Luckily it threw the hook eighty yards down stream and I sighed with relief. I assumed my gaudy streamer was gone so I started the long process of reeling in backing and line while watching everyone else catch fish as the light began to fade. Suddenly my line went tight and I realized the streamer was still on and now another fish was too. It was one of those moments when it was literally impossible not to catch something.
It really grinds my gears when I hear unbelievable stories like this, and I always roll my eyes in pure yawning boredom. What kind of blowhard tells a story like that in the first place? It’s bad enough to read about a ridiculous fishing experience about people who may or may not even exist, but worse when it borders on fishing fantasy. Fishermen do have a reputation of embellishing actual events, but when Brandon is steadily netting fish all evening after catching a total of two fish in the prior two days, it’s worth recollecting. Whether you believe it or not.
The bite never really slowed down but the darkness consumed the river and I didn’t fancy rowing at night since we had cheated death once already. Back at the cabin we talked about what we would do next year now that we had “figured it out”. We were completely amped up with fish slime and good scotch. Here we were in the middle of nowhere Montana, with work in the furthest reaches of our minds and new stories to add to our long list. We were so on top of the world, we got up the next morning, marched to the office, and booked the same cabin for the next year on the same weekend. Because it must be like this every year on that date.
The next year was upon us quicker than we could have imagined, and we checked the weather and flows every day for months before leaving our disgruntled wives for the long drive up I-25. The flows minded their manners, but the weather was a whole other story. Snow blew in sideways and ice had to be baled out of the boat and chipped out of our guides with frozen fingers. This was not on The Bighorn Angler‘s fishing report but it didn’t matter. We had fished in worse conditions. An obscene number of riverside fires were lit as we tried to avoid frostbite, but they were short lived reprieves from the nasty Montana cold front.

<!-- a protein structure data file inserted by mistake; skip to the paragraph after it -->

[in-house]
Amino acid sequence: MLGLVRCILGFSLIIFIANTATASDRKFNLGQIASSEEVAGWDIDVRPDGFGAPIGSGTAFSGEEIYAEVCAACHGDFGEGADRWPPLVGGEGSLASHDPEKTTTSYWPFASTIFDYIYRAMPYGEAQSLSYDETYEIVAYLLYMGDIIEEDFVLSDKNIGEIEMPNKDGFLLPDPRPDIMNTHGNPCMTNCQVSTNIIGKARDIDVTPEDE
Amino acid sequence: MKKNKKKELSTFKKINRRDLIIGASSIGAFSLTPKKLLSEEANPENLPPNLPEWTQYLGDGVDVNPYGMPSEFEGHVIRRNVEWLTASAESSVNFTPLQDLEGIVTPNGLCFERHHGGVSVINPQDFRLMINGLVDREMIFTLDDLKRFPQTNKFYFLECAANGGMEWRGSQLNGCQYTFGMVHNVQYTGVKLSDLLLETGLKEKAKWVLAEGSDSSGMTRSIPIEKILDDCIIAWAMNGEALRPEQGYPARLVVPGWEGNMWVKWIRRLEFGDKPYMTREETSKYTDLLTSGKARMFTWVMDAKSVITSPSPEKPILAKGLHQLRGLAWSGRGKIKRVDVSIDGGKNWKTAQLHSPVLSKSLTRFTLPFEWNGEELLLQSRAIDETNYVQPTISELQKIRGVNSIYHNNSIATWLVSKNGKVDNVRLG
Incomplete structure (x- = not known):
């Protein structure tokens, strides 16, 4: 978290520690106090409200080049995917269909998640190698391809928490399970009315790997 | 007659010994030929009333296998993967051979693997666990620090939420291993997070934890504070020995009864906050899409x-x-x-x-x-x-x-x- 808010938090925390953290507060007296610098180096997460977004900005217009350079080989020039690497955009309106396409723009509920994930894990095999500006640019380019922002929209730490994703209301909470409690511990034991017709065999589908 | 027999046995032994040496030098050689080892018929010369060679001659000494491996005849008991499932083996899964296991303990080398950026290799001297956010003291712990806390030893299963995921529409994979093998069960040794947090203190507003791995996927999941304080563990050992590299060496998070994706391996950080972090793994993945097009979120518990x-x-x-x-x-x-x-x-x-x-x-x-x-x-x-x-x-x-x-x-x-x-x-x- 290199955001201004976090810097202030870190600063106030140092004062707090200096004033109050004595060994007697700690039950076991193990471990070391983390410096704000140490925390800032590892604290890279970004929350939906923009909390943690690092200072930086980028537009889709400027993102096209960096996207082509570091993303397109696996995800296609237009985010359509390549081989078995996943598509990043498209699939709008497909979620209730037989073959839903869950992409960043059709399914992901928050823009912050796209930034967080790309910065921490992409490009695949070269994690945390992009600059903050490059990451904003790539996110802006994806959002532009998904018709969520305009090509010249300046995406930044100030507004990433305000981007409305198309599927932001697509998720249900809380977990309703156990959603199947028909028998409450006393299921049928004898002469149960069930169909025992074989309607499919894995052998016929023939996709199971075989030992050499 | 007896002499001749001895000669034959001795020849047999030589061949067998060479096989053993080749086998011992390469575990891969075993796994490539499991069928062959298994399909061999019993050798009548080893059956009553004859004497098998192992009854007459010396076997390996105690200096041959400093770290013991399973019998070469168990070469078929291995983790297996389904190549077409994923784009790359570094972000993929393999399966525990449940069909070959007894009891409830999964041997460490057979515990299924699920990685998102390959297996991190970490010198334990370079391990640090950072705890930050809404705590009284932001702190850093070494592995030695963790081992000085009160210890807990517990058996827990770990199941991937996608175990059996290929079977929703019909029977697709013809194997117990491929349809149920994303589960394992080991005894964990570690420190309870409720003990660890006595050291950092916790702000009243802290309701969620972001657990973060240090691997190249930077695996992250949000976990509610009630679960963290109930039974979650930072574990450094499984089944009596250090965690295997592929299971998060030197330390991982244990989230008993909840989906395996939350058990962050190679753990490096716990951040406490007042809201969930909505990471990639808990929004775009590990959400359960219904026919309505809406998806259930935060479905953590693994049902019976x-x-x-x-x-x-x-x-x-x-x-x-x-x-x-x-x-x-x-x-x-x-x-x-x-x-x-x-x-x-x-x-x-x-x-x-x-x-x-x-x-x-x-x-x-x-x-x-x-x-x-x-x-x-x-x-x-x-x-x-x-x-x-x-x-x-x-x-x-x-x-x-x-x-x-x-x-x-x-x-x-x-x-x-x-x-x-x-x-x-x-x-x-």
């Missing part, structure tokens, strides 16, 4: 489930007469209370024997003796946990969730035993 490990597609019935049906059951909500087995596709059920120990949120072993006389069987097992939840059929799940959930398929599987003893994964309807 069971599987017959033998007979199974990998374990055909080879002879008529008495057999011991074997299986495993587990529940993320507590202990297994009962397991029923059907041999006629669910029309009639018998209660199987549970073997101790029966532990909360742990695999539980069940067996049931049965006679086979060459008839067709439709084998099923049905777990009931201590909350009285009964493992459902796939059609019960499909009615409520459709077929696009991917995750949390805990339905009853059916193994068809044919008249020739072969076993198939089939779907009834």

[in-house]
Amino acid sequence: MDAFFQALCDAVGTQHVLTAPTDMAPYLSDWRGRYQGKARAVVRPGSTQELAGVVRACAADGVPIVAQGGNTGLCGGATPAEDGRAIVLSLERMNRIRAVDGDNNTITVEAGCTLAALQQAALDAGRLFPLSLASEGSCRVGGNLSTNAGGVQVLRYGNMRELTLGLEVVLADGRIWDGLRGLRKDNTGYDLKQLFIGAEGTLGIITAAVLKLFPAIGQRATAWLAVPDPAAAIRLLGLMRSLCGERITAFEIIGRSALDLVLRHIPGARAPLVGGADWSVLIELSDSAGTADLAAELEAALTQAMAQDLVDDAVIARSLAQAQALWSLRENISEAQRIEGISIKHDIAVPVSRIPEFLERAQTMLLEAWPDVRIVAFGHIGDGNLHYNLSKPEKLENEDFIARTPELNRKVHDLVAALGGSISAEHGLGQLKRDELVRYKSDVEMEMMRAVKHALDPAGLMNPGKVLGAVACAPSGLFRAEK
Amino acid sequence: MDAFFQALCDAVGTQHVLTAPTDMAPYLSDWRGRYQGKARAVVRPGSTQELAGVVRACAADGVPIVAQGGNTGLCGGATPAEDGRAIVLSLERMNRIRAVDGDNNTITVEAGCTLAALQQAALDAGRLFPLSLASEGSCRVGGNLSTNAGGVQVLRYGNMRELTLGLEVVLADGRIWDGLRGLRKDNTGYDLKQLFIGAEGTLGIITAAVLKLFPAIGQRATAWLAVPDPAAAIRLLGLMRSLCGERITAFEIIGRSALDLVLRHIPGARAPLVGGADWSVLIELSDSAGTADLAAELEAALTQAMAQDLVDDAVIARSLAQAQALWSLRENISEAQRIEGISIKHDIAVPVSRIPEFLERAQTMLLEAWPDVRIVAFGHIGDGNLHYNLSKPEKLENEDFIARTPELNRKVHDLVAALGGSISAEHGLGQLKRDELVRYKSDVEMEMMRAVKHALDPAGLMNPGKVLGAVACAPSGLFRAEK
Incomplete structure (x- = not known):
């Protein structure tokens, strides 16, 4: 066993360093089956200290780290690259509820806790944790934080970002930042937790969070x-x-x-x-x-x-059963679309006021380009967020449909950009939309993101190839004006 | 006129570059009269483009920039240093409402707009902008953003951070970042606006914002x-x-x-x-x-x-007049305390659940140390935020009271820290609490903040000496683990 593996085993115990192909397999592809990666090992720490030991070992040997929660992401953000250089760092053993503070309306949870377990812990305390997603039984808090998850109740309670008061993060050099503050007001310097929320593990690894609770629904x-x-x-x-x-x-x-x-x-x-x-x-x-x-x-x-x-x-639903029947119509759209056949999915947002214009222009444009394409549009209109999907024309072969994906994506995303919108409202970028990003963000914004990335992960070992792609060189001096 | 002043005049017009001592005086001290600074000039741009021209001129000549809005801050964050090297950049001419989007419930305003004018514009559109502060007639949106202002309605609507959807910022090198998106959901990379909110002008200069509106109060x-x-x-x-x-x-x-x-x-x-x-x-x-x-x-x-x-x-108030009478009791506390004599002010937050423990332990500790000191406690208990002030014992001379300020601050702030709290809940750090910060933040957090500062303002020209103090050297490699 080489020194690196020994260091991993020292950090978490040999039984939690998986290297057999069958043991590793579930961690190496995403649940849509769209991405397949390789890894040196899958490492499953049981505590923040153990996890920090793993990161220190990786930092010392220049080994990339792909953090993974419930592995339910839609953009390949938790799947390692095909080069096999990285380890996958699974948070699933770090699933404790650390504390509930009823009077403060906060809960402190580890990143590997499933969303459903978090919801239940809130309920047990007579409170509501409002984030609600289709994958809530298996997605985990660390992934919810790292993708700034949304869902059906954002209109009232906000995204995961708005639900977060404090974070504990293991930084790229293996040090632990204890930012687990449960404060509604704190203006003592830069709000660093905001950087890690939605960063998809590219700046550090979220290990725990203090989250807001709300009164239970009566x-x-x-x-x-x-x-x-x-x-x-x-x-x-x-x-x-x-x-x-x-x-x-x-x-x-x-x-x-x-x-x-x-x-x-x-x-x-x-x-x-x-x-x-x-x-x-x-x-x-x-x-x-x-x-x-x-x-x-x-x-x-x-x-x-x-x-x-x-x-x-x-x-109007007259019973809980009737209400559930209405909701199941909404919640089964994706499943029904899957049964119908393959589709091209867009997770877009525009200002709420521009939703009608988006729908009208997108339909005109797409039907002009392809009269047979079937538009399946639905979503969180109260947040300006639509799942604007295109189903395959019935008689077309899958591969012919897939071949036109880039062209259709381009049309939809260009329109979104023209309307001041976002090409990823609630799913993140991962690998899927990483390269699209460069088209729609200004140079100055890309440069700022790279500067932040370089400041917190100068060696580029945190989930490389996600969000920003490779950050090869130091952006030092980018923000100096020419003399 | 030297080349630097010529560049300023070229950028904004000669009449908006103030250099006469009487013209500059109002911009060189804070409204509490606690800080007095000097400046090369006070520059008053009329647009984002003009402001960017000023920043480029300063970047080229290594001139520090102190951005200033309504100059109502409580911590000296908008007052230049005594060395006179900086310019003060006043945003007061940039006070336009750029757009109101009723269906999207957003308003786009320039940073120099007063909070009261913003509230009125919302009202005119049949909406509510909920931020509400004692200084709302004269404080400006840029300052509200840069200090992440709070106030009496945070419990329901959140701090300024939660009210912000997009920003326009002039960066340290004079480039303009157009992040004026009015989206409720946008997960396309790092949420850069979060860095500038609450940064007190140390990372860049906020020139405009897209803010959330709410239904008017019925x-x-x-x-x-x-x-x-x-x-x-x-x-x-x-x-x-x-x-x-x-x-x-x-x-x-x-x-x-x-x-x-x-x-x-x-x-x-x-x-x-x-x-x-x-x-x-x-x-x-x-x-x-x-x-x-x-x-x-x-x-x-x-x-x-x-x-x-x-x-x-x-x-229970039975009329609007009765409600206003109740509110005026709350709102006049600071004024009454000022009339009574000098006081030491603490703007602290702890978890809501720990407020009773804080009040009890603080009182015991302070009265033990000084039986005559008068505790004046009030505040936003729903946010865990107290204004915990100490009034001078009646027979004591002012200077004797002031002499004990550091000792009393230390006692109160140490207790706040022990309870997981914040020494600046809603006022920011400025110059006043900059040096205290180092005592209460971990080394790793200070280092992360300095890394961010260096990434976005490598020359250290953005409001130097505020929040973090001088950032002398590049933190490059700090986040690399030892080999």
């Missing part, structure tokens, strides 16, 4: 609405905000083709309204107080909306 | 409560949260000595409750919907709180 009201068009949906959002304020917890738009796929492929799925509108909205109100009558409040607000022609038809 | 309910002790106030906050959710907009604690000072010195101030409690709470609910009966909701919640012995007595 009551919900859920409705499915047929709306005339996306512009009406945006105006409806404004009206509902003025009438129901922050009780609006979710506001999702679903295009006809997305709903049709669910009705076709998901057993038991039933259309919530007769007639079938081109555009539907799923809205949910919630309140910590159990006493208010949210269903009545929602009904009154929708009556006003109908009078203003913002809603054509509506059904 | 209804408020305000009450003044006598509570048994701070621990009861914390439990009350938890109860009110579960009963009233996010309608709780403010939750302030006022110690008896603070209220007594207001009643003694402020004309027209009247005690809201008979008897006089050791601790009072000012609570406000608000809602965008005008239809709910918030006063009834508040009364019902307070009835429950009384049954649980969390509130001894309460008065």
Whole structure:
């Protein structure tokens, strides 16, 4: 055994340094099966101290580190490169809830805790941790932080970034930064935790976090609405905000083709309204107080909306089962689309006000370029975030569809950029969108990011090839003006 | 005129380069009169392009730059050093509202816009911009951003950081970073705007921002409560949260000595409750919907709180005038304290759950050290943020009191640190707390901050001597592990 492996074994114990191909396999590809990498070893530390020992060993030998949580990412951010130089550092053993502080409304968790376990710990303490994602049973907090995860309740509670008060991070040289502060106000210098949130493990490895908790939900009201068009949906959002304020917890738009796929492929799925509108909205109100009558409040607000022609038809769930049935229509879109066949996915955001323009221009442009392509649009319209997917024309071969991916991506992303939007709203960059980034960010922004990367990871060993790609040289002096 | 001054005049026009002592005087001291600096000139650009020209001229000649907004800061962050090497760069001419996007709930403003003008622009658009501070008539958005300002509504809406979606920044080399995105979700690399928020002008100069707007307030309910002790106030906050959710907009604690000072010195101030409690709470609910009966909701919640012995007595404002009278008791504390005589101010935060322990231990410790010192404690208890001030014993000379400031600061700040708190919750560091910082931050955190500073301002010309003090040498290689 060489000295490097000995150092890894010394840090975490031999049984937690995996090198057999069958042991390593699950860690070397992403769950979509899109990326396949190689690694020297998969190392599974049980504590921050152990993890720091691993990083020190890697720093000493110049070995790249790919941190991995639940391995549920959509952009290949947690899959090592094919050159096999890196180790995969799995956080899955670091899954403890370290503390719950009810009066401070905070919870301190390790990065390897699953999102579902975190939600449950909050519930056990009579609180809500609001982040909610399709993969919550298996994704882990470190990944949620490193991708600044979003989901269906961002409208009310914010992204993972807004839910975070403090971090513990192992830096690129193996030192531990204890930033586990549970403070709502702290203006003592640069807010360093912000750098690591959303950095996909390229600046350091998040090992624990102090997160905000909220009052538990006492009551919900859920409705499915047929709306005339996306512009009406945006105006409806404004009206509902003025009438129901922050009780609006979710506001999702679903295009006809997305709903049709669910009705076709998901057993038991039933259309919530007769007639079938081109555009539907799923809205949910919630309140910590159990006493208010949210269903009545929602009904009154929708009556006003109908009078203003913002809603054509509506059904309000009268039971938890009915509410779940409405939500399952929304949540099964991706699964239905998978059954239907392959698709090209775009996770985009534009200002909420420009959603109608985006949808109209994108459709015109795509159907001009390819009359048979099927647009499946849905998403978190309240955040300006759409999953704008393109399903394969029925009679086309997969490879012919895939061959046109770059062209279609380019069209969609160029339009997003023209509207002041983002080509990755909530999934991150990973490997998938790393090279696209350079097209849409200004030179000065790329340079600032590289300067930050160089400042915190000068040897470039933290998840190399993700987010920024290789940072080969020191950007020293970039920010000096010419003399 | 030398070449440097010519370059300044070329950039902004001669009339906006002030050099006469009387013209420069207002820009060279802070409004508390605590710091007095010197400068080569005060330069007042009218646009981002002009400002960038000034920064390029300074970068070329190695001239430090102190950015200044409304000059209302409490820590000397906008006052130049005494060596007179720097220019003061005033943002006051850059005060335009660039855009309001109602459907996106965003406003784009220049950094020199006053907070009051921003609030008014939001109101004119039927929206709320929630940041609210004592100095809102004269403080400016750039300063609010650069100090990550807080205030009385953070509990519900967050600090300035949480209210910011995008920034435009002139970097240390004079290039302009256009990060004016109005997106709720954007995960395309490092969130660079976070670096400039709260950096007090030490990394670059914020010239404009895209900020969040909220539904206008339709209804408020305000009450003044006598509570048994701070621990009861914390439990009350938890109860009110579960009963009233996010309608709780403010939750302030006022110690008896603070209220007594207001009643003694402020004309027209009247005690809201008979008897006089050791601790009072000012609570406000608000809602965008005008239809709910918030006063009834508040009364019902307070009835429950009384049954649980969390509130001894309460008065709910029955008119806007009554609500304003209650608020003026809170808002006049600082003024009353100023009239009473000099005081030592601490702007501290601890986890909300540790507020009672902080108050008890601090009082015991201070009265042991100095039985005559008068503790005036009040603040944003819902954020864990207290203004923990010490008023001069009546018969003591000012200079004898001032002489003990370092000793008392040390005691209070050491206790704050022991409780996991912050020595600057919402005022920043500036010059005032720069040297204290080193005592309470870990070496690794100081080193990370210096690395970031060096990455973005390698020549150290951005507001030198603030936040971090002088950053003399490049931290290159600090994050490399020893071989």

The fishing was so poor that I began watching the birds as we floated down the wide freezing water. While anchored on a bank not catching any fish, we watched an Osprey hunting the hole we were thinking about fishing, but she never made a dive, probably thinking it was just too damn cold. The river was off for us predators. Someone in the group collected Morel Mushrooms that were fried that night with burgers. That’s how desperate the fishing was.
I lost a monster rainbow in Split Island and an even larger carp somewhere else. On the last day we ran into the bank breaking the rod tubes but no rods and a few people caught and released cliff swallows that were caught in back casts. A river has the ability to chew you up and spit you out, and we all drove home with tails between our legs that year. Thankfully the Bighorn River Alliance keeps up the good fight on this tailwater, but the gods can be less forgiving it seems.